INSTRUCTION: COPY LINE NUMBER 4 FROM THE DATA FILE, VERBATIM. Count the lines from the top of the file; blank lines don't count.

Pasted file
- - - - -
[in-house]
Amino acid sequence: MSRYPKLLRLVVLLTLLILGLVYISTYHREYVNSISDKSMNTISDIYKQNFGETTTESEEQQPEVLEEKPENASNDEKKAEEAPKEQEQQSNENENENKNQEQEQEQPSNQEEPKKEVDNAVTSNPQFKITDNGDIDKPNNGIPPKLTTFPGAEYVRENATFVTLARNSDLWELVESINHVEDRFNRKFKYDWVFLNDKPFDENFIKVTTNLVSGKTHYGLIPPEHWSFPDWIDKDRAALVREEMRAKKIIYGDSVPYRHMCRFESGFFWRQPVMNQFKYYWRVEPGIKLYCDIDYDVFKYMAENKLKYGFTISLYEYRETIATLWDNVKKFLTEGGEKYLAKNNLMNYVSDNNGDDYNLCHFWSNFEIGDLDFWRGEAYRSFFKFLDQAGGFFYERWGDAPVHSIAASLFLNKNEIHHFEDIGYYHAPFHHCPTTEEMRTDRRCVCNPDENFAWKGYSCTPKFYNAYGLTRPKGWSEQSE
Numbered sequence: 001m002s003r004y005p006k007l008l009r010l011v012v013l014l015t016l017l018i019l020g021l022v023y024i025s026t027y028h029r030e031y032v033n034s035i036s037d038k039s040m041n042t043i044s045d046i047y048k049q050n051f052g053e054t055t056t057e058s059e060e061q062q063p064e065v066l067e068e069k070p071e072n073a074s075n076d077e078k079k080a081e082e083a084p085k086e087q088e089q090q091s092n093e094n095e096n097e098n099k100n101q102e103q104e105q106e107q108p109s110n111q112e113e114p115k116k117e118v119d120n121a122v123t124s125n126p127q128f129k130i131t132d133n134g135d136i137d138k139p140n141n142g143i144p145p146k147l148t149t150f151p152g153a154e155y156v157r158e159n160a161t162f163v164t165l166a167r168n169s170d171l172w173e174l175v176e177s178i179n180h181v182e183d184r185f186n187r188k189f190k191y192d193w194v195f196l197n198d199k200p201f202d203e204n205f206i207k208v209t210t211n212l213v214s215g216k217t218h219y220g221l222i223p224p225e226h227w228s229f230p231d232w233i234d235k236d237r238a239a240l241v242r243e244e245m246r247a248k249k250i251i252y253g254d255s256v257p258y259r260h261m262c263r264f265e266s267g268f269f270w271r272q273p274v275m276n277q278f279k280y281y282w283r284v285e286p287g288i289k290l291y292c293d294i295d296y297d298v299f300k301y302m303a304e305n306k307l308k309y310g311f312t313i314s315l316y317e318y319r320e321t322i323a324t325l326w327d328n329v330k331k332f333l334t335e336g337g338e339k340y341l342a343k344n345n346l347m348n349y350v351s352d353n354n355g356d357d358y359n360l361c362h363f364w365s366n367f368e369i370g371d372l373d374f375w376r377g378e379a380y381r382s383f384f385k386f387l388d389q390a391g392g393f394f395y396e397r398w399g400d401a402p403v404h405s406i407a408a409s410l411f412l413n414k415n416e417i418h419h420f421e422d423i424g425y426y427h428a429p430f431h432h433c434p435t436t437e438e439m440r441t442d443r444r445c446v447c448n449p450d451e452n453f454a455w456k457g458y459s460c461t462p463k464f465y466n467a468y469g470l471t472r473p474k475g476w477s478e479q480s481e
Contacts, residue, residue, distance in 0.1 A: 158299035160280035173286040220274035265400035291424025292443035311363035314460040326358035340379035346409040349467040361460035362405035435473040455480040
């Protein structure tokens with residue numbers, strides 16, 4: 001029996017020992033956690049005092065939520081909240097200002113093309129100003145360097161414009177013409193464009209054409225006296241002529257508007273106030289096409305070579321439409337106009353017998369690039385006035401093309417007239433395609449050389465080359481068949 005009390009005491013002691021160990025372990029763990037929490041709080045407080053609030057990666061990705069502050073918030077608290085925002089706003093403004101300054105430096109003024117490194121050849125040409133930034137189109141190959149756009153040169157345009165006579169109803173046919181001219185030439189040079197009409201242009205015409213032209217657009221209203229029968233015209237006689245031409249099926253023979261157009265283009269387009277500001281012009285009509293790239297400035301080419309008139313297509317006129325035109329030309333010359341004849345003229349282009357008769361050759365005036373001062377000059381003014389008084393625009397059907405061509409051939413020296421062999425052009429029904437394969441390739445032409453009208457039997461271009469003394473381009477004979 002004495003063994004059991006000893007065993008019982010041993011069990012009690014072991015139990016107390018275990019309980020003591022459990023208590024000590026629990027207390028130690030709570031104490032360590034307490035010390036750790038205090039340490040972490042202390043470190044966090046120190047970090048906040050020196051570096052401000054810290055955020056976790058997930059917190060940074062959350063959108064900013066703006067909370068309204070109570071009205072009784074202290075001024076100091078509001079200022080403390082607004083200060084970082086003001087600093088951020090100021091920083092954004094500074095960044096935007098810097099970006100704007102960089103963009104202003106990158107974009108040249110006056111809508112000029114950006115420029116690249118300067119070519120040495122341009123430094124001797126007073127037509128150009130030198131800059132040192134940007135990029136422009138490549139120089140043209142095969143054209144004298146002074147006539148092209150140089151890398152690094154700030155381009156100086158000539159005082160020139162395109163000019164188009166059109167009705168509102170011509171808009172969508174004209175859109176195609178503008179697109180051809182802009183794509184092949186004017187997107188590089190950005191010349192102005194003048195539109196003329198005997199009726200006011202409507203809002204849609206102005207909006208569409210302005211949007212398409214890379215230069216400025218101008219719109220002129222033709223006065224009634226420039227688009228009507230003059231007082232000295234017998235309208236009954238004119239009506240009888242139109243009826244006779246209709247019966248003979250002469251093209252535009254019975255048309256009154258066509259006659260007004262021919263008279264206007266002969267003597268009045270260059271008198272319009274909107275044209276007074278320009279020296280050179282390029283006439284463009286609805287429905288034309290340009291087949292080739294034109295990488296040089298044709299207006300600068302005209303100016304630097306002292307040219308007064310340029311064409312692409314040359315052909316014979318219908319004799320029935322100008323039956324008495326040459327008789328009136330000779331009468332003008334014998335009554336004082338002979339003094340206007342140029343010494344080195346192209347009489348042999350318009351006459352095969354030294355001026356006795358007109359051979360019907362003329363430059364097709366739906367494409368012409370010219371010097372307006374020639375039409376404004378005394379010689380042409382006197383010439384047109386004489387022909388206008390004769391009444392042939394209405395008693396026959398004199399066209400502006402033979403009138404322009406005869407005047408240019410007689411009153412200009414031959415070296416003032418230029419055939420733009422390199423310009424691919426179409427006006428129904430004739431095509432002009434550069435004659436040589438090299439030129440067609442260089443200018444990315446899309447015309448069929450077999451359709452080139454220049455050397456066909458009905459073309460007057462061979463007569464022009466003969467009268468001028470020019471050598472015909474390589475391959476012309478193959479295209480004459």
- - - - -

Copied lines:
Contacts, residue, residue, distance in 0.1 A: 158299035160280035173286040220274035265400035291424025292443035311363035314460040326358035340379035346409040349467040361460035362405035435473040455480040